Category Archives: Portable Radio

Preview: The C. Crane CCRadio3 AM/FM/WX and 2 Meter receiver

In early January 2019, C. Crane sent me a pre-production unit of their latest radio for evaluation: the C. Crane CCRadio3.

Since I received the CCradio3, I’ve had it on the air and have been evaluating it in real-life listening conditions, searching for any potential quirks that C. Crane should address before a full production run of the radio hits the market.

Yesterday, C. Crane announced the CCRadio3 in their email newsletter:

So now, finally, I can break my silence to inform you all about this latest iteration of the venerable CCRadio. And, indeed, I have a lot to tell…

CCRadio3 Preview

What follows is a preview of the CCRadio3 based on my time with the pre-production unit. I will not refer to this as a “review” of the CCRadio3, since this is a pre-production unit.  I’ll obtain a first production run unit when available and post a full review at that time.

In the meantime…here are some of my impressions based on the pre-production unit, organized by feature.

Bluetooth

What’s new with the CCRadio3? The major upgrade is the addition of Bluetooth connectivity. In fact, that’s the only obvious upgrade other than the fact you can now toggle between AM/FM band rather than scroll through all the bands on one band button.

With Bluetooth connectivity, you can pair with your smart phone, tablet, laptop, PC or any other Bluetooth device, and use the CCRadio3 as your Bluetooth speaker.

How many radios do you know that include simple operation instructions on the chassis? Very simple.

The pairing is incredibly simple and Bluetooth connectivity most impressive. I find that no matter where I go in my house, the CCRadio3 maintains a solid Bluetooth connection with my iPhone. Most of my other Bluetooth devices will lose connectivity if I put a couple walls between my iPhone and the receiver, but not the CCRadio3.

Audio

The internal speaker on the CCRadio3 provides room-filling audio with clear, rich fidelity. The separate bass and treble controls do help tailor the sound based on the audio source. It reproduces music brilliantly in FM and Bluetooth modes.

2 Meter Ham Radio Band

One unique feature of the CCRadio series is 2 meter ham band reception. This is a great way to monitor local amateur radio repeater traffic.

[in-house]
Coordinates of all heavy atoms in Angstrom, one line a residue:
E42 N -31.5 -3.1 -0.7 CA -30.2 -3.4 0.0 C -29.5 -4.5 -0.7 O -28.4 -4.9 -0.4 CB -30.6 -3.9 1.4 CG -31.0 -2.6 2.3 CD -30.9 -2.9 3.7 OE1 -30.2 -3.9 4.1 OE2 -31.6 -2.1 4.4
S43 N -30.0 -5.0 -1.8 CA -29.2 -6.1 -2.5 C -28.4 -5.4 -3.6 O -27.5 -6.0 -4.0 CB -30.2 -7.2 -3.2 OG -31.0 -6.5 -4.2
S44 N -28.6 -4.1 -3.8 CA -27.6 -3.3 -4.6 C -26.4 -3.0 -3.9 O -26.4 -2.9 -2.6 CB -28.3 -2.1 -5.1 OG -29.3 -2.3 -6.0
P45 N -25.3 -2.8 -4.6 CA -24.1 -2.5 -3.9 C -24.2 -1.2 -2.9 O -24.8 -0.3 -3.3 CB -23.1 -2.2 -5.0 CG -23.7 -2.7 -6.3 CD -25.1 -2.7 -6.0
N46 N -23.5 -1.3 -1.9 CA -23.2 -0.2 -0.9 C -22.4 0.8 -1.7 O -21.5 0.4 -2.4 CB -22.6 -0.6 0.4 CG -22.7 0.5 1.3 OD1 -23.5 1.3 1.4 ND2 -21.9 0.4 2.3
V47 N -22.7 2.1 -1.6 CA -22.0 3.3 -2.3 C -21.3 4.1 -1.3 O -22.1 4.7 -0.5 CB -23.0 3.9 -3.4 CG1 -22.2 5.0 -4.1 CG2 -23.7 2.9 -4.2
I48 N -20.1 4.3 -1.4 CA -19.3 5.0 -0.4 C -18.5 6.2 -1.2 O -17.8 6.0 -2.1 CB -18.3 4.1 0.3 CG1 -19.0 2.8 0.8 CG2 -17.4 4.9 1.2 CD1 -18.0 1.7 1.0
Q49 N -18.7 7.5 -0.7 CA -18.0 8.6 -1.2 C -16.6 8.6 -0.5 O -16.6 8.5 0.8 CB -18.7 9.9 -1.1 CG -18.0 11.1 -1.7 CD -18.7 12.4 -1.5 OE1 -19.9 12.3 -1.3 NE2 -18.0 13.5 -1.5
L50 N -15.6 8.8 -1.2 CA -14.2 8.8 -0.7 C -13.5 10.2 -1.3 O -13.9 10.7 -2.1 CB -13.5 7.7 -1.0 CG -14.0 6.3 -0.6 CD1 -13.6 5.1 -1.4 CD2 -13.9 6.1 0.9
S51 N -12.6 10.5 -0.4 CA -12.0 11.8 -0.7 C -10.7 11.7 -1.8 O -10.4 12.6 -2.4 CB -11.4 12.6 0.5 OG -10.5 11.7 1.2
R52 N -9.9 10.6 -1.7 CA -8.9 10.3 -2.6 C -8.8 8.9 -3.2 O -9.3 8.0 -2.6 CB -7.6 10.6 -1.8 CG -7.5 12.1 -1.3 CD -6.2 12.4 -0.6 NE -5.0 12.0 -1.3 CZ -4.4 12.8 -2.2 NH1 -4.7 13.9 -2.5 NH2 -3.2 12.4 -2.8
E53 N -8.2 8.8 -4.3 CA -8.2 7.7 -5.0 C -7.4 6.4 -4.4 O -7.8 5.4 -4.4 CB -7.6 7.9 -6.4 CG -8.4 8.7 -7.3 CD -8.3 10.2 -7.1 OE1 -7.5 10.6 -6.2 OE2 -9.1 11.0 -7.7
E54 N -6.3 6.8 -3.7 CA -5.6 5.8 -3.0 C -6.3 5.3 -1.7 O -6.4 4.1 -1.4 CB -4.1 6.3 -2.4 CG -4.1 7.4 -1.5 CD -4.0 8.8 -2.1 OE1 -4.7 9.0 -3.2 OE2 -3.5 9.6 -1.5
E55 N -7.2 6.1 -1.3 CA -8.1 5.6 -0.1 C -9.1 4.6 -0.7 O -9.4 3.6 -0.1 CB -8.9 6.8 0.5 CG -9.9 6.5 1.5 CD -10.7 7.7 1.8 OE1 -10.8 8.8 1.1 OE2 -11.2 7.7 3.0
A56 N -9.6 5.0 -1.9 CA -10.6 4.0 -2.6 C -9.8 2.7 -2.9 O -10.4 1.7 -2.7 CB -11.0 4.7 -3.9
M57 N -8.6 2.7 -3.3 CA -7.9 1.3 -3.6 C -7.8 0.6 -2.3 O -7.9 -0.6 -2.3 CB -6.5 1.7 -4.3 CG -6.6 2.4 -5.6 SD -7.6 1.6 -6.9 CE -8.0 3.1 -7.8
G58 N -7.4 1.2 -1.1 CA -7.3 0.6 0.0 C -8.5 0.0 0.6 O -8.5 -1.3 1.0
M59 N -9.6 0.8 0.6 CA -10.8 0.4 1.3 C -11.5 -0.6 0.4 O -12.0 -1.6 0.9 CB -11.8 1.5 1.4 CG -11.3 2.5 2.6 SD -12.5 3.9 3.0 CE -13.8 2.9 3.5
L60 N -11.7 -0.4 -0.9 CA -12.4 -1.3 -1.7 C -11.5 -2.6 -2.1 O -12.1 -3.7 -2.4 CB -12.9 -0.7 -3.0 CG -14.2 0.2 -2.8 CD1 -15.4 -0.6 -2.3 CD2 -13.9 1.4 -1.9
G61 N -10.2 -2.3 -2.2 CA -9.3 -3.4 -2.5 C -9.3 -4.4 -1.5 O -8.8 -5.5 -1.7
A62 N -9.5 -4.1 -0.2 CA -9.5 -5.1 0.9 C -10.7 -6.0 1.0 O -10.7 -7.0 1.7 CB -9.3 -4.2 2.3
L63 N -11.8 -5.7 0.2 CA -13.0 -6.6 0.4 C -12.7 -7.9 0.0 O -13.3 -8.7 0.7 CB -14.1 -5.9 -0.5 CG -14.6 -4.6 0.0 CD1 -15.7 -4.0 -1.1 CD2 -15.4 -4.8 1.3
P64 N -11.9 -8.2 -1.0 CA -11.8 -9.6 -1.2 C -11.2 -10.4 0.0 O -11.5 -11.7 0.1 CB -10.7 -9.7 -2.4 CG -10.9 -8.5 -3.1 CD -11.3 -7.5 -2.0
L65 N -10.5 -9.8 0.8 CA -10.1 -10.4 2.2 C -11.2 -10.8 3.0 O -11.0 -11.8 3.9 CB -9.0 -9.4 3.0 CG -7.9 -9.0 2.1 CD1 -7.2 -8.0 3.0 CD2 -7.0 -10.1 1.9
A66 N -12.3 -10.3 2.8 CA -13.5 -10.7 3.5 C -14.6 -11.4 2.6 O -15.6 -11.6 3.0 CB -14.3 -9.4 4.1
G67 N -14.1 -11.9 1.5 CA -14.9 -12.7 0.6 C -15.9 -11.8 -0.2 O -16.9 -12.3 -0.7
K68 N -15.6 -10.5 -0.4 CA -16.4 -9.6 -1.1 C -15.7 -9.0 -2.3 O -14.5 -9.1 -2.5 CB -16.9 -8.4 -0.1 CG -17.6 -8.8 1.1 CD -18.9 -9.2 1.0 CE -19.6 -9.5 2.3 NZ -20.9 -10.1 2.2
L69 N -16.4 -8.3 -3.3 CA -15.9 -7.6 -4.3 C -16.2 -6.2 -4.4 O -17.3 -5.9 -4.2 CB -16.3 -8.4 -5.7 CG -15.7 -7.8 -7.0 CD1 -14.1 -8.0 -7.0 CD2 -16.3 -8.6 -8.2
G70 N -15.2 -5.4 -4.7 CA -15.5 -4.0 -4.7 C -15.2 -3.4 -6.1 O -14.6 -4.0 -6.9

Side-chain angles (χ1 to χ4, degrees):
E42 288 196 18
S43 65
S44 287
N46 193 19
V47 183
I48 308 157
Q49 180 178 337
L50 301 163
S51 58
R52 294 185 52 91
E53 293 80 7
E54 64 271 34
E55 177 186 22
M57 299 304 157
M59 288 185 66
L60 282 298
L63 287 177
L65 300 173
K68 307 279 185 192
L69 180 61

In truth, I’ve spent comparatively little time with the CCRadio3 on 2 meters thus far, having focused instead on the AM/FM and WX bands, but I have verified that I can receive local repeaters and the squelch functionality is quite effective.

I’ll spend more time on this band in my upcoming full review.

Weather Radio (WX) Band

The CCRadio3 can receive all seven NOAA/Environment Canada radio frequencies.

And here’s something that really surprised me: this pre-production CCRadio3 has the best weather radio reception of any radio I’ve ever tested to date. Normally, at my home, I can receive two NOAA stations with the average weather radio. The best of my weather radio receivers might hear a total of three. The CCRadio3, with antenna fully-extended, can receive five NOAA stations! I can almost WX DX with this rig!

I’m so pleased C. Crane places an emphasis on WX band performance. Their CC Skywave and CC Skywave SSB also have best-in-class weather radio reception.

Like the CCRadio2E, the grab handle is built into the back of the radio.

The CCRadio3 uses four D cells for battery operation which should yield about 120 hours of AM broadcast listening at moderate volume.

FM

Thus far I’m very pleased with FM performance. I’ve noted that the CCRadio3 receives all of my local and distant benchmark stations with ease. I believe it would certainly be an FM benchmark receiver. As I mentioned earlier, audio fidelity is excellent via the internal speaker.

AM/Mediumwave

I consider the CCradio3’s predecessor––the CCRadio2E––to be one of the finest AM broadcasting listening portables currently in production. I’ll admit that when I heard the CCRadio3 added Bluetooth, I feared somehow that would equate to possible noise somewhere in the audio chain…Fortunately, this fear was entirely unfounded. In fact, looking at the CCRadio3 announcement, I note that C. Crane took this concern seriously: